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Jul-19-2010 13:32printcomments

Uganda Forces More Than 1,700 Refugees Back to Rwanda

“This operation by the Rwandan and Ugandan governments completely disregards the rights of refugees who have well-founded fears of returning to Rwanda” - Bill Frelick, director of the Refugee Program at Human Rights Watch

Rwandan refugees in Darfur
Rwandan refugees in Darfur photographed in 2009. Courtesy:

(PORTLAND, Ore.) - Reports indicate on July 14th and 15th more than 1,700 Rwandan refugees from both Nakivale and Kyaka camps were forcibly rounded up and sent back to Rwanda by the Ugandan and Rwandan police.

Announcing food distribution, and information on the outcome of asylum appeals many began gathering around the trucks in the hope of attaining either. Police and camp commanders then forced the Rwandans onto the trucks at gunpoint using the deception and deceit. As the people realized what was happening panic arose and shots were fired.

According to reports, two people died after jumping off the trucks in an attempt to escape the forced removal and at least 25 were injured. A number of children were also separated from their parents.

UNHCR reported that its staff were told to leave the camps when officials began rounding up the refugees. The appearance given is Rwandan and Ugandan governments worked jointly to organize the forced repatriation and bypassed the UN agency.

The Rwandan government has long sought the return of refugees from neighboring countries and has exerted pressure on governments in the region to cooperate.

In addition to Uganda, both Burundi and Tanzania have forcibly returned refugees without considering individual cases on several occasions over the last few years. This has led to fears of continued forced repatriation throughout the region.

According to the UN refugee agency, Uganda is home to more than 15,000 Rwandan refugees, some fled Rwanda in the aftermath of the 1994 genocide; others arrived more recently, including in 2009 and 2010. Most live in Nakivale and Kyaka, in difficult conditions.

In recent months, they have been denied access to land to cultivate crops as part of a series of measures to persuade them to return to Rwanda.

“Mass forcible return of refugees and asylum seekers fundamentally violates Uganda’s international obligations,” said Bill Frelick, director of the Refugee Program at Human Rights Watch. “The Ugandan government is supposed to protect people seeking asylum in Uganda, not endanger them.”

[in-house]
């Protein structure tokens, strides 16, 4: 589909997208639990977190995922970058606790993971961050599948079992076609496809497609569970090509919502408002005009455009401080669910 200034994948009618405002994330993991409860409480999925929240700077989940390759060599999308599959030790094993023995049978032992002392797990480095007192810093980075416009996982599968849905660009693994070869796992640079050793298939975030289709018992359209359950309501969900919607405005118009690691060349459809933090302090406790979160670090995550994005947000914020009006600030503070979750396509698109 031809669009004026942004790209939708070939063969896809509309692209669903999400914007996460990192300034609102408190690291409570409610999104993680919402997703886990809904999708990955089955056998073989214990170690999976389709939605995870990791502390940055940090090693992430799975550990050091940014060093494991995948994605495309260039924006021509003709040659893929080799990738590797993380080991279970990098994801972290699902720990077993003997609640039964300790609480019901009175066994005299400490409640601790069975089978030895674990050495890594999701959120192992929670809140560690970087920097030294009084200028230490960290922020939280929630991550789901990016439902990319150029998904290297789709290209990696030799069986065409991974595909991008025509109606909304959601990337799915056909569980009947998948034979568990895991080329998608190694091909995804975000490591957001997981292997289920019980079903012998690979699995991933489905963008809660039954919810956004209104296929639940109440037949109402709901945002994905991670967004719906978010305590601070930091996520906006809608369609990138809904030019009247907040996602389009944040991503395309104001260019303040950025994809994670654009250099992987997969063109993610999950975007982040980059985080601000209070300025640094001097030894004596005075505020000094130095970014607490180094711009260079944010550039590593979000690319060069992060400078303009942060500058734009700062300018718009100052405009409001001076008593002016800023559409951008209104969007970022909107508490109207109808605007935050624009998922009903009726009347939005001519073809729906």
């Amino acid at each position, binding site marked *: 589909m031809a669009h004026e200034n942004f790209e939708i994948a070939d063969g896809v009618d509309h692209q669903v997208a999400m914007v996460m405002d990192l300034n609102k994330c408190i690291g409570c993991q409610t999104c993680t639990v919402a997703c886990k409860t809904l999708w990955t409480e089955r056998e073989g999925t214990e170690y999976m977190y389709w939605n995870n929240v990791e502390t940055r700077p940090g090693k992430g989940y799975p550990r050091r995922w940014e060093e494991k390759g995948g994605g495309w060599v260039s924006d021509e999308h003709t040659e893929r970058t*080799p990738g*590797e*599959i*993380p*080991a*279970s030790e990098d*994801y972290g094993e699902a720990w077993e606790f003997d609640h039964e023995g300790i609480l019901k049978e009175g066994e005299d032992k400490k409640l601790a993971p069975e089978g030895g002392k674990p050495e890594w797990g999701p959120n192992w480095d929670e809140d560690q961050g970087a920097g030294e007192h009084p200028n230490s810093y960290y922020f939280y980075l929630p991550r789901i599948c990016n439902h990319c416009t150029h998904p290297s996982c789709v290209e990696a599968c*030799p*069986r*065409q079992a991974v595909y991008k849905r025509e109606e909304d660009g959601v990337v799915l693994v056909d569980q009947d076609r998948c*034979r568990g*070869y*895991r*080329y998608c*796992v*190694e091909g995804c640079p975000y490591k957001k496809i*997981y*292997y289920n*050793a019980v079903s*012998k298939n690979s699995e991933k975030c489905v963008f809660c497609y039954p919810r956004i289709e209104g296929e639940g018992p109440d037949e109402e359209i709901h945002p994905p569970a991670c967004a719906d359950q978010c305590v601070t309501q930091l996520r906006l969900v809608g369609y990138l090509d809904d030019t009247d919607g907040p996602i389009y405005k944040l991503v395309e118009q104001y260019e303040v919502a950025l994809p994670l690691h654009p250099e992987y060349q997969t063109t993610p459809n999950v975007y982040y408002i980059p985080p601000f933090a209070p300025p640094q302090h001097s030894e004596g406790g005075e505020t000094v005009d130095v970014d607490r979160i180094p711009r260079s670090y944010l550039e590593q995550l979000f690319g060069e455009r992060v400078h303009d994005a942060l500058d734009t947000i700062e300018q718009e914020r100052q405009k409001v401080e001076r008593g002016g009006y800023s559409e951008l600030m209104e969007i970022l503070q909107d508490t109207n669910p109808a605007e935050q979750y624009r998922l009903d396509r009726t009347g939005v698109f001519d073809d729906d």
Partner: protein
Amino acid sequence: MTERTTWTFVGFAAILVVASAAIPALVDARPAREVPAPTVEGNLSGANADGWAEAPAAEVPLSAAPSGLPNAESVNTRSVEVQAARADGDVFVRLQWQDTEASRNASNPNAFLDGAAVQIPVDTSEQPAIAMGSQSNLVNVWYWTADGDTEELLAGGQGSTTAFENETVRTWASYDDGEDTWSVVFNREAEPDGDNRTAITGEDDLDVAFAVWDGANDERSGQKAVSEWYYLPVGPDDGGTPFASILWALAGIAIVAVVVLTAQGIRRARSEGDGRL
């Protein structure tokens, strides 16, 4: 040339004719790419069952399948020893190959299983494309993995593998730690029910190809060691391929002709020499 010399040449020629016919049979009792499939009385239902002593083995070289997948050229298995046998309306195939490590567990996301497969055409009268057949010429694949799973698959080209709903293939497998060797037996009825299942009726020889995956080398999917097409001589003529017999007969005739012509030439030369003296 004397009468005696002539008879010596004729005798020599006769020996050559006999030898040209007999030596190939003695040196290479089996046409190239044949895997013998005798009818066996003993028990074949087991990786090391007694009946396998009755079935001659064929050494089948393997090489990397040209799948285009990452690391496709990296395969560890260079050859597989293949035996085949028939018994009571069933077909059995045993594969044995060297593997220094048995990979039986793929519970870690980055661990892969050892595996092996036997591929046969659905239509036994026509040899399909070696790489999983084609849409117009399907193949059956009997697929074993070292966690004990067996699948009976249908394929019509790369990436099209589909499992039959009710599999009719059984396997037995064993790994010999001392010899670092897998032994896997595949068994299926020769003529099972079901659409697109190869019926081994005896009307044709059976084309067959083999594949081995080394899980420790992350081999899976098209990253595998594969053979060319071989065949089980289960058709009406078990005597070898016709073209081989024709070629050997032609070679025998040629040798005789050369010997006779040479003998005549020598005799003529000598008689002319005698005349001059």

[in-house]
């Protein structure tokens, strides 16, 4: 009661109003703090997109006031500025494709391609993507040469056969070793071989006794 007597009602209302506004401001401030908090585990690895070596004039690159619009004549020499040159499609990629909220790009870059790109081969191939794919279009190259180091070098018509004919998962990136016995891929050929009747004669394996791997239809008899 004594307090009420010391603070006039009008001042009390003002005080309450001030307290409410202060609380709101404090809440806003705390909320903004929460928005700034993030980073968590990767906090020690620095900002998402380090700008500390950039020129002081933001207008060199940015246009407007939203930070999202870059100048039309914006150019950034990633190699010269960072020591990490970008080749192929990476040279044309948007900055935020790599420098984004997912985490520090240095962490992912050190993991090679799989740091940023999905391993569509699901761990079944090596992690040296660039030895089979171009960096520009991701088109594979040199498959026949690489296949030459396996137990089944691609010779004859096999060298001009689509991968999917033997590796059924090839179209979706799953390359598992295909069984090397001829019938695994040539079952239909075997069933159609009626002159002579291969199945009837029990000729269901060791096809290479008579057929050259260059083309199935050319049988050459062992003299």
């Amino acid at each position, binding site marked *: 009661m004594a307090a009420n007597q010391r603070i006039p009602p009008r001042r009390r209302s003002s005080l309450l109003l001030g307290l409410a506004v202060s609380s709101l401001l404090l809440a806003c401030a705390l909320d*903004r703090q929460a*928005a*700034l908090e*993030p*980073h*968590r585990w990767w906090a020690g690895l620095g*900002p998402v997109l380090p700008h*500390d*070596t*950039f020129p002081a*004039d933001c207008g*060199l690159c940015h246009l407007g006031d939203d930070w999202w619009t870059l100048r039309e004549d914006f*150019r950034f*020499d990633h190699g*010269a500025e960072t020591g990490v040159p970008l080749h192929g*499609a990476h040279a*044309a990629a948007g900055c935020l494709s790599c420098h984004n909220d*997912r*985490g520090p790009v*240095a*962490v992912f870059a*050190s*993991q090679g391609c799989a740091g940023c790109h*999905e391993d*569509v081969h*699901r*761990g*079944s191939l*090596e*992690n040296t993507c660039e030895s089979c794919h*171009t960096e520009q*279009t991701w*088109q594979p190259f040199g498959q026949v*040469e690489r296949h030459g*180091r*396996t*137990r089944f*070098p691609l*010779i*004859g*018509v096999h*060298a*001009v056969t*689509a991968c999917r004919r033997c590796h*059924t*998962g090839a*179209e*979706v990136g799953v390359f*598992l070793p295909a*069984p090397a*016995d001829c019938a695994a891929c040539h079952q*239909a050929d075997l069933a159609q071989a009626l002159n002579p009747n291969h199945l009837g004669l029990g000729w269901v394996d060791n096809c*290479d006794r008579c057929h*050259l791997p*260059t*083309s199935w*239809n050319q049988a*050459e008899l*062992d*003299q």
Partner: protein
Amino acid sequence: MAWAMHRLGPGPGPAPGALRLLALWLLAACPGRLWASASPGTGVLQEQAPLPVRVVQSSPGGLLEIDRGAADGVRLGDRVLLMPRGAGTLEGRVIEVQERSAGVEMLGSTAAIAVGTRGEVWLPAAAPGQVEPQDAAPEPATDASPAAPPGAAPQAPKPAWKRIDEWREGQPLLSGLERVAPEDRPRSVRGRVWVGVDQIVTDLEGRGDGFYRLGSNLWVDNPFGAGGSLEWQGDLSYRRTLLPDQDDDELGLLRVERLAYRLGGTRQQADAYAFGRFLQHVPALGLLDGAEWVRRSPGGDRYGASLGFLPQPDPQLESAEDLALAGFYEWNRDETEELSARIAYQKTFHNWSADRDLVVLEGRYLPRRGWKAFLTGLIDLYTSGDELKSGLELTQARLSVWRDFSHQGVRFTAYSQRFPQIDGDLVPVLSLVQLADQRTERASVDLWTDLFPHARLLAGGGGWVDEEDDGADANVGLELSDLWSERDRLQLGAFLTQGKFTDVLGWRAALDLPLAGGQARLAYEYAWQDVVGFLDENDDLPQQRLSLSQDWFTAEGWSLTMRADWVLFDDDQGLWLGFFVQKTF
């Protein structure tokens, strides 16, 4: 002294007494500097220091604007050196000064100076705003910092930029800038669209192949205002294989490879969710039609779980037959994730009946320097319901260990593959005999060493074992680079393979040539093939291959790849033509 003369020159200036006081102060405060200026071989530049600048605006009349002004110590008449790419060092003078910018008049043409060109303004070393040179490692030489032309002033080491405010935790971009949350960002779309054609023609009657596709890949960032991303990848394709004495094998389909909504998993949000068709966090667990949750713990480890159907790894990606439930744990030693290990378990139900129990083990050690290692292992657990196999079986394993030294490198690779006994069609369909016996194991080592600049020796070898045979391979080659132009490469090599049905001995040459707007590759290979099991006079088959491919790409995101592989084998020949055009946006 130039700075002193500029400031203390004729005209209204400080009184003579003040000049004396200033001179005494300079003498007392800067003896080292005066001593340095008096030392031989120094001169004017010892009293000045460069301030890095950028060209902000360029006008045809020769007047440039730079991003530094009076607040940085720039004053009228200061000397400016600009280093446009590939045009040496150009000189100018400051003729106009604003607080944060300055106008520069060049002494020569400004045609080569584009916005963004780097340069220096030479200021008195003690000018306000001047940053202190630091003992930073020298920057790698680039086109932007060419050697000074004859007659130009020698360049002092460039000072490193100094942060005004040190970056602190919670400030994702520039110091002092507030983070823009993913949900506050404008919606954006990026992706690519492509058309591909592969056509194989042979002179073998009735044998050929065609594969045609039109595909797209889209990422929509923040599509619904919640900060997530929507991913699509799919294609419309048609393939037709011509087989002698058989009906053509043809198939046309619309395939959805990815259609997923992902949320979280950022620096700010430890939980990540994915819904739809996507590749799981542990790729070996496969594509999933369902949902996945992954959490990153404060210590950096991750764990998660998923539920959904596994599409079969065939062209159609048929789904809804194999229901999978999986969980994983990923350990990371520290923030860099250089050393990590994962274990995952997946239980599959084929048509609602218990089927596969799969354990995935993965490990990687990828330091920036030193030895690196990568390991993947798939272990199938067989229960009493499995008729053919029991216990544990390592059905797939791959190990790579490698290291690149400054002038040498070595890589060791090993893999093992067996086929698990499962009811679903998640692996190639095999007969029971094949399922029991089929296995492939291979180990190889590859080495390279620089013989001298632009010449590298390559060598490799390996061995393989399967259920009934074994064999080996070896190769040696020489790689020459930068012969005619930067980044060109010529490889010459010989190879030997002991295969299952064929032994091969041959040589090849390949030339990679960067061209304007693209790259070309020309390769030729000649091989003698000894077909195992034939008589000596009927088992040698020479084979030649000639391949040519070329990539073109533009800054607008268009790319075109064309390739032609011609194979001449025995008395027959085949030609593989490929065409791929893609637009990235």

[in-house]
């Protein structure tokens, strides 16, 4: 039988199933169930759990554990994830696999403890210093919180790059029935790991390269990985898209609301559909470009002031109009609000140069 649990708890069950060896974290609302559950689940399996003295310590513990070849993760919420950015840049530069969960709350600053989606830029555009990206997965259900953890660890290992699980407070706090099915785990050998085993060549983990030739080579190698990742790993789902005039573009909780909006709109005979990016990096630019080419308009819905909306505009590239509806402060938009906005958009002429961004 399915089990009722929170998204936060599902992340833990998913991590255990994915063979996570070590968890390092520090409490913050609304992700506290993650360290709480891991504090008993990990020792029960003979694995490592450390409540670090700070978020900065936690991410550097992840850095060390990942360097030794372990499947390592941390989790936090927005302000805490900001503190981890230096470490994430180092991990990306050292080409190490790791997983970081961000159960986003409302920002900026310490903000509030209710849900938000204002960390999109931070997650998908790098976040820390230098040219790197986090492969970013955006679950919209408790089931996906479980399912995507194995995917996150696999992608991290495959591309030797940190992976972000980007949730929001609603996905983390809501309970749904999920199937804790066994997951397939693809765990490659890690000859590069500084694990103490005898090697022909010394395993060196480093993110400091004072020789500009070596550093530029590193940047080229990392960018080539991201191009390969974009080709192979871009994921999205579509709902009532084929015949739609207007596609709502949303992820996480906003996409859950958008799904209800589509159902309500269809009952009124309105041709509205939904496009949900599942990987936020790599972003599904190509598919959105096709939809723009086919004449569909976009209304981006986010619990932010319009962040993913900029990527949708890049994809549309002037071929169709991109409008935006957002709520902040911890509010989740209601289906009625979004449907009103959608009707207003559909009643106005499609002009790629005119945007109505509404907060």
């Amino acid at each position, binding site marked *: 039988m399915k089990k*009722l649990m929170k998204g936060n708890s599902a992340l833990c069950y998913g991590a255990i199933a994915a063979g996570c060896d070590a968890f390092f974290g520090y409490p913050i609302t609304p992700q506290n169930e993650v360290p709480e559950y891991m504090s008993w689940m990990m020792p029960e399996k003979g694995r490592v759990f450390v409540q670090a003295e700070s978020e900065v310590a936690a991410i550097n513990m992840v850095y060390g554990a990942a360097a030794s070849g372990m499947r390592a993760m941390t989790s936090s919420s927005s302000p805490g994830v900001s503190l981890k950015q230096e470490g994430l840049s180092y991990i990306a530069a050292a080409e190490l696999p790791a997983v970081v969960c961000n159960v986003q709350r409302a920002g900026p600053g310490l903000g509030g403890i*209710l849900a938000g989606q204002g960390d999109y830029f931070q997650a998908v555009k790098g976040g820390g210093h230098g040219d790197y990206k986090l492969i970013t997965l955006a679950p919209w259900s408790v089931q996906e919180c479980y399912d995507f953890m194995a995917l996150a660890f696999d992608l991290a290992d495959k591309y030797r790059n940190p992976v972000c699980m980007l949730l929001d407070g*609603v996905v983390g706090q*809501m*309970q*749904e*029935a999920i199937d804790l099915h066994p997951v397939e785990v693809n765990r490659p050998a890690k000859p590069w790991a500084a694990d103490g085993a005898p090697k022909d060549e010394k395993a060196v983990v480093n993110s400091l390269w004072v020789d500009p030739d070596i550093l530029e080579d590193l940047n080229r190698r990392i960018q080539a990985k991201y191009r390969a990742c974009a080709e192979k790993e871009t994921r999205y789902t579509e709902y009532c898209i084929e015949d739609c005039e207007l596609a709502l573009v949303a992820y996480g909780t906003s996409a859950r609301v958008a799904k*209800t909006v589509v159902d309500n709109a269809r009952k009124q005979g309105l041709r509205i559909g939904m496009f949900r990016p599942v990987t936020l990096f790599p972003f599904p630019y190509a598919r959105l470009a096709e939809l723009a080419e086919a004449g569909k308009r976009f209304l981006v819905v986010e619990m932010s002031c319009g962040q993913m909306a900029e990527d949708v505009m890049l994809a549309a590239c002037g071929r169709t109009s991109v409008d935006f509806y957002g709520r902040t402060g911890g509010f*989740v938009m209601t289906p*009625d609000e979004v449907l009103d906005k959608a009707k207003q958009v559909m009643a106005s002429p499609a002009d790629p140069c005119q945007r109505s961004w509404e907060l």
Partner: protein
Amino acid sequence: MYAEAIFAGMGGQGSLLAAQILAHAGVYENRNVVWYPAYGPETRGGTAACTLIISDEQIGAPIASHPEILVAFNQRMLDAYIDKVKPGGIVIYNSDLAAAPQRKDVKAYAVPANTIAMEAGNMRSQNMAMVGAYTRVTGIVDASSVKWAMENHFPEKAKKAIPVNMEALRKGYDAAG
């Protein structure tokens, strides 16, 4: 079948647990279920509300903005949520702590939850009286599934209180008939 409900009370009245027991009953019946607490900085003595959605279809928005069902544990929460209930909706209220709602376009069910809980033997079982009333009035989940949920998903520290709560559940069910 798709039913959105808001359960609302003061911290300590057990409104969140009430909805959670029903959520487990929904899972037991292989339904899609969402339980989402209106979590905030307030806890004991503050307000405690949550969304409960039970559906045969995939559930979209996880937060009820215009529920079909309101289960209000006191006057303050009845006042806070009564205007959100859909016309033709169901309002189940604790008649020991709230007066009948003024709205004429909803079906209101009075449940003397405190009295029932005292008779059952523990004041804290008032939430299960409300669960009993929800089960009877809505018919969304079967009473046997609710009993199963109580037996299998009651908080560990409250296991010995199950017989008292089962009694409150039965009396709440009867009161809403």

Tarsis Kabwegyere, the Ugandan minister in charge of disaster preparedness and refugees, has been quoted in the media as claiming that only rejected asylum seekers were sent back. However, witnesses said that no effort was made to distinguish amongst those forced onto the trucks, and that those sent back.

UNHCR issued a statement confirming that “recognized refugees were among those returned.”

Human Rights Watch urged the Ugandan government to ensure that all Rwandan asylum seekers remaining in Uganda have access to a fair individual procedure that determines their refugee status and respects their rights.

“This operation by the Rwandan and Ugandan governments completely disregards the rights of refugees who have well-founded fears of returning to Rwanda,” Frelick said. “These events are going to cause panic among Rwandan refugees and asylum seekers remaining in Uganda and in other neighboring countries that they too may be forced back against their will.”

Sources: Human Rights Watch, Leslie Haskell Rwanda Researcher


Alysha Atma spends many hours working on projects that support and benefit the beleaguered people of African nations who spend way too much time off the western media's radar. This writer explains that she is a culmination of all her experiences, most importantly knowledge she says, and all that she still needs to learn; lessons of love, laughter and the extraordinary giving of both young and old. She says she has the enormous fortune of learning from the best; every person around her, and the amazing strength and fortitude of those she has never met but will always strive to listen to. "I continue to work and write because I believe in the power of community and the power of one, both contradictory to each other and yet can move together in a very powerful way. I feel a responsibility to use my place, freedoms and connections here in the US to stand up and yell for those who need my voice and actions. I have seen such strength in my fellow humans that I cannot even begin to comprehend, they have traveled distances, have gone without food, water, shelter and safety for days and weeks at a time. I have a responsibility as a fellow human to put our common humanity before anything else. Everyone deserves to look towards tomorrow, to dream of a safe future and to have a peaceful present." You can write to Alysha Atma at:

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